Monday, June 4, 2012

Police Officer Bribed to Provide Personal Information from Police Computers

A police detective has been charged with unauthorized use of a computer and breach of trust for providing personal information on citizens to people not authorized to receive it.

The officer was paid by a cash loan company to provide name, address and phone numbers of 10 delinquent borrowers over a 17 month period. This is known as 'skip tracing' and is something police officers are prohibited from doing.
"Every member of our service when they start signs a confidentiality agreement. Every member of our service knows that accessing databases is for police use only."
- Kevin Brookwell, Police spokesman
The 21-year veteran of the Calgary police, has been relieved from duty with pay. The Calgary police department is in the process of notifying those whose information was allegedly accessed illegally.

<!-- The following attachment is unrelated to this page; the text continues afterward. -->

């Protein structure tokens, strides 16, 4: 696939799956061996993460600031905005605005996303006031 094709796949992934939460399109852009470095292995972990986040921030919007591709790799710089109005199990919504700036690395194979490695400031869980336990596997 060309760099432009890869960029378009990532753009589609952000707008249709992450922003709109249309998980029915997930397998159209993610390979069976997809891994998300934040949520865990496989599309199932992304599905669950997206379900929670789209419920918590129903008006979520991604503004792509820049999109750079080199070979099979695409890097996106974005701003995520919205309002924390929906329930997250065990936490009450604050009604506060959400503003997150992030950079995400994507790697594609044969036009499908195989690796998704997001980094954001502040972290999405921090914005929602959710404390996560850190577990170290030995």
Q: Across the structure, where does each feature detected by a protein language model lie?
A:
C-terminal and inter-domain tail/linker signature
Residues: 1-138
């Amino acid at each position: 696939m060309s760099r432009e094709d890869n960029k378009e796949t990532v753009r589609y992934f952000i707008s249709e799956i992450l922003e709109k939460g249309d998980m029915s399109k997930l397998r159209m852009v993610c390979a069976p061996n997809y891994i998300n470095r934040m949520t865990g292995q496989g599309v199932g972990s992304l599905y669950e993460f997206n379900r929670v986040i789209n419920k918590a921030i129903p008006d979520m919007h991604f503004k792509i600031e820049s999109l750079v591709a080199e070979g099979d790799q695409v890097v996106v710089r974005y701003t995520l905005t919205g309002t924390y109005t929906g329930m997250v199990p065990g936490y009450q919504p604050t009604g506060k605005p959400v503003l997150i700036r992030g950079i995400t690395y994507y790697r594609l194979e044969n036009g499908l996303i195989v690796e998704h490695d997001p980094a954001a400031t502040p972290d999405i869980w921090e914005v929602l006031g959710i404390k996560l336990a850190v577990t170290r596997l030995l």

UPDATE TO STORY: Further investigation of court documents obtained by the press revealed that the police officer has more than $143,000 in debt and recently filed for bankruptcy.

As well, the officere was the primary investigator in a case involving an employee of the cash loan company that paid him for the sensitive information. A former executive assistant for the cash loan company , said the officer targeted her and she was later charged with fraud. That case has been damaged by the revelation that the officers did skip tracing for the firm.
Download a white paper on privacy breach detection. Learn how to proactively identify unauthorized breaches of data privacy, even by authorized users - with no hardware and no on-site software.
(a) Calgary detective charged in alleged privacy breach - CBC News, May 2, 2012
(b) Detective facing trust charges is under heavy debt load - CBC News, May 11, 2012

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